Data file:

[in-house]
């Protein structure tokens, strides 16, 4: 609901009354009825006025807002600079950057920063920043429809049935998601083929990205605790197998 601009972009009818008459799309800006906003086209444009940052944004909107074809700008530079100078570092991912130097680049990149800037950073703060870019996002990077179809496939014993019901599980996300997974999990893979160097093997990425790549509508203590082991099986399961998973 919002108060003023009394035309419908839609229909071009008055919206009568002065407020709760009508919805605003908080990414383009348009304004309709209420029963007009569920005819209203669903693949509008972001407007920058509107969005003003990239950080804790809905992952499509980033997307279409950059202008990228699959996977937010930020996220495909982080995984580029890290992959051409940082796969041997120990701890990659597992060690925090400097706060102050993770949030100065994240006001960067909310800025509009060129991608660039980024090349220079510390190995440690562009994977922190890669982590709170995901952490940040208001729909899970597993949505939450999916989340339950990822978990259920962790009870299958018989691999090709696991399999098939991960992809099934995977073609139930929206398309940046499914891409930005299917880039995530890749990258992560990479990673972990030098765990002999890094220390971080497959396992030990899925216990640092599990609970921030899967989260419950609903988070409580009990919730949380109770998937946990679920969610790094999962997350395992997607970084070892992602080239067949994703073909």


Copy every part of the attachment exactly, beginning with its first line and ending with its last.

[in-house]
């Protein structure tokens, strides 16, 4: 609901009354009825006025807002600079950057920063920043429809049935998601083929990205605790197998 601009972009009818008459799309800006906003086209444009940052944004909107074809700008530079100078570092991912130097680049990149800037950073703060870019996002990077179809496939014993019901599980996300997974999990893979160097093997990425790549509508203590082991099986399961998973 919002108060003023009394035309419908839609229909071009008055919206009568002065407020709760009508919805605003908080990414383009348009304004309709209420029963007009569920005819209203669903693949509008972001407007920058509107969005003003990239950080804790809905992952499509980033997307279409950059202008990228699959996977937010930020996220495909982080995984580029890290992959051409940082796969041997120990701890990659597992060690925090400097706060102050993770949030100065994240006001960067909310800025509009060129991608660039980024090349220079510390190995440690562009994977922190890669982590709170995901952490940040208001729909899970597993949505939450999916989340339950990822978990259920962790009870299958018989691999090709696991399999098939991960992809099934995977073609139930929206398309940046499914891409930005299917880039995530890749990258992560990479990673972990030098765990002999890094220390971080497959396992030990899925216990640092599990609970921030899967989260419950609903988070409580009990919730949380109770998937946990679920969610790094999962997350395992997607970084070892992602080239067949994703073909």